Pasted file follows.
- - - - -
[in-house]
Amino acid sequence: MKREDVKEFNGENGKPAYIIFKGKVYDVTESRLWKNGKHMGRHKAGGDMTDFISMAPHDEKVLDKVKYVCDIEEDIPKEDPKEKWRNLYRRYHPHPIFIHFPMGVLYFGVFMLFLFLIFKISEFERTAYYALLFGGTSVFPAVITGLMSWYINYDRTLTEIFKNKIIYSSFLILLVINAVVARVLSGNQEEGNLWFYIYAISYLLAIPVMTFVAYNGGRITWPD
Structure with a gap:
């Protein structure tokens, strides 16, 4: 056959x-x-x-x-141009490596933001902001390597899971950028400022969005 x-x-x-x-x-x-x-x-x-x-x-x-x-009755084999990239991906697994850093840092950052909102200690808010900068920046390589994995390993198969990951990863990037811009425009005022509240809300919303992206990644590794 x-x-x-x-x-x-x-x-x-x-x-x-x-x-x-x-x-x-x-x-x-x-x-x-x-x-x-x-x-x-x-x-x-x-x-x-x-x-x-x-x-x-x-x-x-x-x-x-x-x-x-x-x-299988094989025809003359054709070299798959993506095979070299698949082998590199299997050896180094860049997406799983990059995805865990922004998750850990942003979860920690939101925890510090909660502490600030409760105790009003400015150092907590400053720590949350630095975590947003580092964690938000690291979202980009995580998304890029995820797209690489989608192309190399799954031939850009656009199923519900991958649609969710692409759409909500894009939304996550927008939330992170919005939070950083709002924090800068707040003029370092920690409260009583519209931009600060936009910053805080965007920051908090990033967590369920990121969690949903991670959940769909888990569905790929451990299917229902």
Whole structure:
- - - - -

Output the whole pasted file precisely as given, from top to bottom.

[in-house]
Amino acid sequence: MKREDVKEFNGENGKPAYIIFKGKVYDVTESRLWKNGKHMGRHKAGGDMTDFISMAPHDEKVLDKVKYVCDIEEDIPKEDPKEKWRNLYRRYHPHPIFIHFPMGVLYFGVFMLFLFLIFKISEFERTAYYALLFGGTSVFPAVITGLMSWYINYDRTLTEIFKNKIIYSSFLILLVINAVVARVLSGNQEEGNLWFYIYAISYLLAIPVMTFVAYNGGRITWPD
Structure with a gap:
């Protein structure tokens, strides 16, 4: 056959x-x-x-x-141009490596933001902001390597899971950028400022969005 x-x-x-x-x-x-x-x-x-x-x-x-x-009755084999990239991906697994850093840092950052909102200690808010900068920046390589994995390993198969990951990863990037811009425009005022509240809300919303992206990644590794 x-x-x-x-x-x-x-x-x-x-x-x-x-x-x-x-x-x-x-x-x-x-x-x-x-x-x-x-x-x-x-x-x-x-x-x-x-x-x-x-x-x-x-x-x-x-x-x-x-x-x-x-x-299988094989025809003359054709070299798959993506095979070299698949082998590199299997050896180094860049997406799983990059995805865990922004998750850990942003979860920690939101925890510090909660502490600030409760105790009003400015150092907590400053720590949350630095975590947003580092964690938000690291979202980009995580998304890029995820797209690489989608192309190399799954031939850009656009199923519900991958649609969710692409759409909500894009939304996550927008939330992170919005939070950083709002924090800068707040003029370092920690409260009583519209931009600060936009910053805080965007920051908090990033967590369920990121969690949903991670959940769909888990569905790929451990299917229902």
Whole structure: